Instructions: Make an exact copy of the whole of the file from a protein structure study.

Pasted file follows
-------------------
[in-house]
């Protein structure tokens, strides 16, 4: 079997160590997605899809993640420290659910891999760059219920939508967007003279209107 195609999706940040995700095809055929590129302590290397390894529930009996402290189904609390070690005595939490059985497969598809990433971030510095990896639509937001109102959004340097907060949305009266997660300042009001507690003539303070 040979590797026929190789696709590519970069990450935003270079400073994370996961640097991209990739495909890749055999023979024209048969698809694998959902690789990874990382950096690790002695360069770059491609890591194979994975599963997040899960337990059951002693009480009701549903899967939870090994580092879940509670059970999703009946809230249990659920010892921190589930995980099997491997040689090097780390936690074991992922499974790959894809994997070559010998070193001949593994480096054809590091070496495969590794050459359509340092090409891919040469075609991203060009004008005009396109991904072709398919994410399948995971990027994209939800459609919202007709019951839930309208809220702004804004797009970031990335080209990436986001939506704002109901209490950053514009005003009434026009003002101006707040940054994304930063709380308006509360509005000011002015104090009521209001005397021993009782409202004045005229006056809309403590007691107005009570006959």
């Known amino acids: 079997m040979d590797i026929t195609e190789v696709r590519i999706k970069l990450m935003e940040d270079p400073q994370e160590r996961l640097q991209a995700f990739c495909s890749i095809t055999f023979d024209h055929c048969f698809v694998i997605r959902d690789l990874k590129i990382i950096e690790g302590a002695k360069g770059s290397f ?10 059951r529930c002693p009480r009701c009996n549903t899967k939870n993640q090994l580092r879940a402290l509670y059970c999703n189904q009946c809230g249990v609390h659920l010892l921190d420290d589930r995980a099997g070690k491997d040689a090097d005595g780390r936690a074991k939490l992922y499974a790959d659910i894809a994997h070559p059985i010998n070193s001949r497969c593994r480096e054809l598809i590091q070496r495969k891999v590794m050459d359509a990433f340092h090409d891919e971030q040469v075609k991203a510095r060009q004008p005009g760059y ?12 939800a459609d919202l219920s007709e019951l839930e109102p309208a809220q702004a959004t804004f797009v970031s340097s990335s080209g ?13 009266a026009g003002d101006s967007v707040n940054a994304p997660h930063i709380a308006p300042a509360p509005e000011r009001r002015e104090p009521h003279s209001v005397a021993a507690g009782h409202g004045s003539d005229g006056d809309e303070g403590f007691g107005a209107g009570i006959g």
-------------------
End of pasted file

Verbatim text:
[in-house]
């Protein structure tokens, strides 16, 4: 079997160590997605899809993640420290659910891999760059219920939508967007003279209107 195609999706940040995700095809055929590129302590290397390894529930009996402290189904609390070690005595939490059985497969598809990433971030510095990896639509937001109102959004340097907060949305009266997660300042009001507690003539303070 040979590797026929190789696709590519970069990450935003270079400073994370996961640097991209990739495909890749055999023979024209048969698809694998959902690789990874990382950096690790002695360069770059491609890591194979994975599963997040899960337990059951002693009480009701549903899967939870090994580092879940509670059970999703009946809230249990659920010892921190589930995980099997491997040689090097780390936690074991992922499974790959894809994997070559010998070193001949593994480096054809590091070496495969590794050459359509340092090409891919040469075609991203060009004008005009396109991904072709398919994410399948995971990027994209939800459609919202007709019951839930309208809220702004804004797009970031990335080209990436986001939506704002109901209490950053514009005003009434026009003002101006707040940054994304930063709380308006509360509005000011002015104090009521209001005397021993009782409202004045005229006056809309403590007691107005009570006959």
């Known amino acids: 079997m040979d590797i026929t195609e190789v696709r590519i999706k970069l990450m935003e940040d270079p400073q994370e160590r996961l640097q991209a995700f990739c495909s890749i095809t055999f023979d024209h055929c048969f698809v694998i997605r959902d690789l990874k590129i990382i950096e690790g302590a002695k360069g770059s290397f ?10 059951r529930c002693p009480r009701c009996n549903t899967k939870n993640q090994l580092r879940a402290l509670y059970c999703n189904q009946c809230g249990v609390h659920l010892l921190d420290d589930r995980a099997g070690k491997d040689a090097d005595g780390r936690a074991k939490l992922y499974a790959d659910i894809a994997h070559p059985i010998n070193s001949r497969c593994r480096e054809l598809i590091q070496r495969k891999v590794m050459d359509a990433f340092h090409d891919e971030q040469v075609k991203a510095r060009q004008p005009g760059y ?12 939800a459609d919202l219920s007709e019951l839930e109102p309208a809220q702004a959004t804004f797009v970031s340097s990335s080209g ?13 009266a026009g003002d101006s967007v707040n940054a994304p997660h930063i709380a308006p300042a509360p509005e000011r009001r002015e104090p009521h003279s209001v005397a021993a507690g009782h409202g004045s003539d005229g006056d809309e303070g403590f007691g107005a209107g009570i006959g």